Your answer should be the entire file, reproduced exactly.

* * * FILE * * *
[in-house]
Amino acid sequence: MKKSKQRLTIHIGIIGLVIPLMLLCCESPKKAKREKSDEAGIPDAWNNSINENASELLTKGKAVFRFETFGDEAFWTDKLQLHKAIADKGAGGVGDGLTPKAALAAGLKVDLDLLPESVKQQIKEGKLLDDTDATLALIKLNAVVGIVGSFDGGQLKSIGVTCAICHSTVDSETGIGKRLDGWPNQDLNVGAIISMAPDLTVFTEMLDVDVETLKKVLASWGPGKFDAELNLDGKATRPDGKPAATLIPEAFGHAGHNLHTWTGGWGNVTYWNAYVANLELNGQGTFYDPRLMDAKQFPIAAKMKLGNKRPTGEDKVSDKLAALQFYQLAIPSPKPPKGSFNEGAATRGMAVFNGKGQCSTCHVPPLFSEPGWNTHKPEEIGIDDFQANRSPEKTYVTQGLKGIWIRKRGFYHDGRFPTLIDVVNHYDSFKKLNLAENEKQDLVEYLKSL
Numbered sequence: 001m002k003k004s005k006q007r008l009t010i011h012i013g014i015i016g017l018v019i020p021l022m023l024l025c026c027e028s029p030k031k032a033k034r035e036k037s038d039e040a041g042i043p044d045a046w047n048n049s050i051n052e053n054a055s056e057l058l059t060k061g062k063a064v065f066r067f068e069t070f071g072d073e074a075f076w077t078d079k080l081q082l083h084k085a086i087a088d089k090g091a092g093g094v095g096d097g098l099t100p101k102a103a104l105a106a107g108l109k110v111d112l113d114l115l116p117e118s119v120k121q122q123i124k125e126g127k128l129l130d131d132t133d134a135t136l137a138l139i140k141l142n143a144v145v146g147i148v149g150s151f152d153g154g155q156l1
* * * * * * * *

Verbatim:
[in-house]
Amino acid sequence: MKKSKQRLTIHIGIIGLVIPLMLLCCESPKKAKREKSDEAGIPDAWNNSINENASELLTKGKAVFRFETFGDEAFWTDKLQLHKAIADKGAGGVGDGLTPKAALAAGLKVDLDLLPESVKQQIKEGKLLDDTDATLALIKLNAVVGIVGSFDGGQLKSIGVTCAICHSTVDSETGIGKRLDGWPNQDLNVGAIISMAPDLTVFTEMLDVDVETLKKVLASWGPGKFDAELNLDGKATRPDGKPAATLIPEAFGHAGHNLHTWTGGWGNVTYWNAYVANLELNGQGTFYDPRLMDAKQFPIAAKMKLGNKRPTGEDKVSDKLAALQFYQLAIPSPKPPKGSFNEGAATRGMAVFNGKGQCSTCHVPPLFSEPGWNTHKPEEIGIDDFQANRSPEKTYVTQGLKGIWIRKRGFYHDGRFPTLIDVVNHYDSFKKLNLAENEKQDLVEYLKSL
Numbered sequence: 001m002k003k004s005k006q007r008l009t010i011h012i013g014i015i016g017l018v019i020p021l022m023l024l025c026c027e028s029p030k031k032a033k034r035e036k037s038d039e040a041g042i043p044d045a046w047n048n049s050i051n052e053n054a055s056e057l058l059t060k061g062k063a064v065f066r067f068e069t070f071g072d073e074a075f076w077t078d079k080l081q082l083h084k085a086i087a088d089k090g091a092g093g094v095g096d097g098l099t100p101k102a103a104l105a106a107g108l109k110v111d112l113d114l115l116p117e118s119v120k121q122q123i124k125e126g127k128l129l130d131d132t133d134a135t136l137a138l139i140k141l142n143a144v145v146g147i148v149g150s151f152d153g154g155q156l1